Hundreds of Lee College students who are parents will not have to worry about child care expenses, thanks to a $2 million grant from the U.S. Department of Education (DOE). The Child Care Access Means Parents in School Program or CCAMPIS grant is a “game changer” for sustainable childcare services funding.
“One of the primary reasons students who are parents drop out mid-semester or do not attend college at all is due to challenges with child care,” said Kelli Forde Spiers, executive director of Student Engagement and Belonging. “Now, this grant will empower these mothers and fathers to prioritize their studies while their kids are in the care of professionals they choose.”
According to the DOE, more than one in five students in the United States are parents, and 42% of all student parents attend community colleges. Many of these students must balance the demands of being primary caregivers or guardians for at least one child, and they face financial struggles while pursuing academic degrees and certificates.
The 2023 Hope Center Student Basic Needs survey sheds light on the challenges faced by student parents at Lee College. Among the 578 Lee College students surveyed:
- 38 percent are parents.
- 13 percent have missed three or more days of class due to lack of child care.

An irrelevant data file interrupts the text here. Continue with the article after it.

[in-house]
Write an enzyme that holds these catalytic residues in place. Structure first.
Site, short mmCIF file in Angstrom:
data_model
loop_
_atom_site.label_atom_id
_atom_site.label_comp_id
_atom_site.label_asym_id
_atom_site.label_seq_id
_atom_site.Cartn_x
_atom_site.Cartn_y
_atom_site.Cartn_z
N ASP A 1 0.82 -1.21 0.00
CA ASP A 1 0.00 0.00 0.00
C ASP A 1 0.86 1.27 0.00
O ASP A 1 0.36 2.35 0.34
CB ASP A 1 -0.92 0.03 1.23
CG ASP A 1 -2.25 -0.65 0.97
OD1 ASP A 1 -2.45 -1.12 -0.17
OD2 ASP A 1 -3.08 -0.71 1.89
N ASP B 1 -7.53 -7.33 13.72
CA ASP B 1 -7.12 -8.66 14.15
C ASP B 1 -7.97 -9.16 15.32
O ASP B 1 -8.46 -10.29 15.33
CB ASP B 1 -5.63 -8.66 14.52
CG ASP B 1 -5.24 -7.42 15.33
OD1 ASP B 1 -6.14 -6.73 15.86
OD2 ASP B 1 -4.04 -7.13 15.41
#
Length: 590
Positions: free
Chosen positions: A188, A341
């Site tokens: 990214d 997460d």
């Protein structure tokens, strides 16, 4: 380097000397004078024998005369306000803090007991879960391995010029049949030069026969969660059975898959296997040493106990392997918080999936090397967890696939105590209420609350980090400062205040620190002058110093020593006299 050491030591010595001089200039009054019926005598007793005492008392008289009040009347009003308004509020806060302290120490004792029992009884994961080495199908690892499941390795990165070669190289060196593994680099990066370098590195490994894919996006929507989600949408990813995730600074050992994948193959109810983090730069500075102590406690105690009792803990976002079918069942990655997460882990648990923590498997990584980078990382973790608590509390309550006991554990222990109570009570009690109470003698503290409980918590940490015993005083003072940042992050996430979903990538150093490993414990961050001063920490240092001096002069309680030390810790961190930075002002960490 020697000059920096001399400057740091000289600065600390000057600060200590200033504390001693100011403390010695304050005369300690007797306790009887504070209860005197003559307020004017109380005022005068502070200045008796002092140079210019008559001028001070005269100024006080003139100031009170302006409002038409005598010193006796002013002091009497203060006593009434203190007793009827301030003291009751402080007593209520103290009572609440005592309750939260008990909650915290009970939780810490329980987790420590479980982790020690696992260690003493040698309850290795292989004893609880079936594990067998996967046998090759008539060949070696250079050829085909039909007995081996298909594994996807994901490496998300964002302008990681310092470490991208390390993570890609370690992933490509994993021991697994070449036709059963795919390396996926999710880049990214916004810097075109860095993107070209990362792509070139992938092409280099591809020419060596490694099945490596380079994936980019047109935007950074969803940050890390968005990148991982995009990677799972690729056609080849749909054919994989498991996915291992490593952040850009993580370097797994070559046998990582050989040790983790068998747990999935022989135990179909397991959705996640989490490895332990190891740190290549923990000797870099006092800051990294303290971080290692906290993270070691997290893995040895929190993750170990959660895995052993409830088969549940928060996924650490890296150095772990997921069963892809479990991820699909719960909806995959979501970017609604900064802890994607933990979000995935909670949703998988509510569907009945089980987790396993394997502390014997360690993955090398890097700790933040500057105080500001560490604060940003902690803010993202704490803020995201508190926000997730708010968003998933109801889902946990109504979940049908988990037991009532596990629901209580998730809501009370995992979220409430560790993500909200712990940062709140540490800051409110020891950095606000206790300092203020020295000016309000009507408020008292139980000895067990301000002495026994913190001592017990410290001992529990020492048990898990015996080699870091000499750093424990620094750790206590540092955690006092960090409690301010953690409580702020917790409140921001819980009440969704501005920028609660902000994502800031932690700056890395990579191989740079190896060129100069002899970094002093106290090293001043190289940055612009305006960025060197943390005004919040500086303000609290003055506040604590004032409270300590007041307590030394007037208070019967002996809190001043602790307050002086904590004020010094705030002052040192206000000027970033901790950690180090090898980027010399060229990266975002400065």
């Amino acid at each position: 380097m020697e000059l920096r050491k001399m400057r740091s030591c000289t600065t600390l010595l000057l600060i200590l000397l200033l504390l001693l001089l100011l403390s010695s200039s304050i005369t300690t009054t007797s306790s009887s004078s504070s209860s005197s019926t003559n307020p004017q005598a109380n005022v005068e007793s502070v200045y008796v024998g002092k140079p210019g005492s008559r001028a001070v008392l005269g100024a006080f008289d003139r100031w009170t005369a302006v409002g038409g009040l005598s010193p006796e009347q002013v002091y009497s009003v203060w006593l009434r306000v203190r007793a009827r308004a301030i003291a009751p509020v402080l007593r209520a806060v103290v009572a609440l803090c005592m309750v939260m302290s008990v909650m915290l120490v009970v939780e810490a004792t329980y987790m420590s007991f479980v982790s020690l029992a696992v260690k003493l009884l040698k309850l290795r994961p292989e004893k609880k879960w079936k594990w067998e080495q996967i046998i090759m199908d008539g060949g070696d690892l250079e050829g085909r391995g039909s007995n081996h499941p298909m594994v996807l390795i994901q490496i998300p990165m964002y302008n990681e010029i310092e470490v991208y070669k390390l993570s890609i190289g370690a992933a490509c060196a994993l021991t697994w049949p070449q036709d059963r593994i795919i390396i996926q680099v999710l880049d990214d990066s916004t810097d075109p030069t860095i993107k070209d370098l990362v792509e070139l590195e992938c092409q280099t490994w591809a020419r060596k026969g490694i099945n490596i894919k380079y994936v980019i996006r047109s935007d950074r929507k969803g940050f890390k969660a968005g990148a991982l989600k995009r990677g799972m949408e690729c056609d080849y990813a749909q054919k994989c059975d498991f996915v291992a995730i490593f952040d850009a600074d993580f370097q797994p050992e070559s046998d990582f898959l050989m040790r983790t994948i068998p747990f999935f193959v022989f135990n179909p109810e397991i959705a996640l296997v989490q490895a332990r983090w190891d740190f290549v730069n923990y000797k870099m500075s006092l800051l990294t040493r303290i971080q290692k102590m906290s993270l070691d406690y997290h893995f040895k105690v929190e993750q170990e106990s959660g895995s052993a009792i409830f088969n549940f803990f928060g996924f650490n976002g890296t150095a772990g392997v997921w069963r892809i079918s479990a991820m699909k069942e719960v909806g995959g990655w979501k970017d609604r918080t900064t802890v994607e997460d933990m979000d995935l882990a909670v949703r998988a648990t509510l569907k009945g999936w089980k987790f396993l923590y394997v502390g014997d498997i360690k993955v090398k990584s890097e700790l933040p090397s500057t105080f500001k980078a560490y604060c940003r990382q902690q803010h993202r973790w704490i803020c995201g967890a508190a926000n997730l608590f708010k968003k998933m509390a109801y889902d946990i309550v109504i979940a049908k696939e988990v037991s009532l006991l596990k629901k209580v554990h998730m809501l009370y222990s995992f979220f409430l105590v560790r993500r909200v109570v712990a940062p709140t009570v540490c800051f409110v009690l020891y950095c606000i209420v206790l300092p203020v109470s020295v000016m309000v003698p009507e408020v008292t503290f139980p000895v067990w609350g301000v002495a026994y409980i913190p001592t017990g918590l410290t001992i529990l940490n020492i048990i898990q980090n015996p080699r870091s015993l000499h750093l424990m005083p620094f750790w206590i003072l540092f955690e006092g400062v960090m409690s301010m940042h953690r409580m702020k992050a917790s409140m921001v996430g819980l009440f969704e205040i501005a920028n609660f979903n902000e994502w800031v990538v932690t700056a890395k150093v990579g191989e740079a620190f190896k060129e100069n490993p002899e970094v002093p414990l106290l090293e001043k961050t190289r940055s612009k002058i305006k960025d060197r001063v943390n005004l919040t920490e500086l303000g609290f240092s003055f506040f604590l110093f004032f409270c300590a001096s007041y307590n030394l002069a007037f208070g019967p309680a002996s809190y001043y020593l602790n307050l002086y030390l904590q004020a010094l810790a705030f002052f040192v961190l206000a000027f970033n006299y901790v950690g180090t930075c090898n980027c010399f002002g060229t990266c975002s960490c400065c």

- 78 percent believe that child care is unaffordable.
“The CCAMPIS grant represents a significant step toward supporting the academic aspirations of our student parents while alleviating their financial burdens,” said Dr. Lynda Villanueva, Lee College president. “By providing them with access to affordable, quality care, our students have a greater chance of obtaining a college degree, leading to successful, family-supporting careers.”
The CCAMPIS grant will be administered through the Student Resource and Advocacy Center, which addresses unmet basic needs such as childcare services, food and emergency aid. During the 2022-2023 academic year and summer semester, SRAC provided financial assistance for child care to 81 Lee College student parents.
In addition to paying for licensed child care providers, funds from the four-year project will be used to hire a CCAMPIS Program Manager who will coordinate child care assistance, foster collaborative relationships with community child care vendors, develop campus programs and outreach for parenting students. It will also enable the installation of lactation stations/pods and changing stations around campus to make the campus more family friendly. “The assistance offered through CCAMPIS will resolve the child care issue for 360 to 400 Lee College student parents during the grant program,” said Selah Tacconi, interim executive director, Lee College Foundation. “We believe this will disrupt generational poverty in our community by enabling parents to work toward making a living wage.”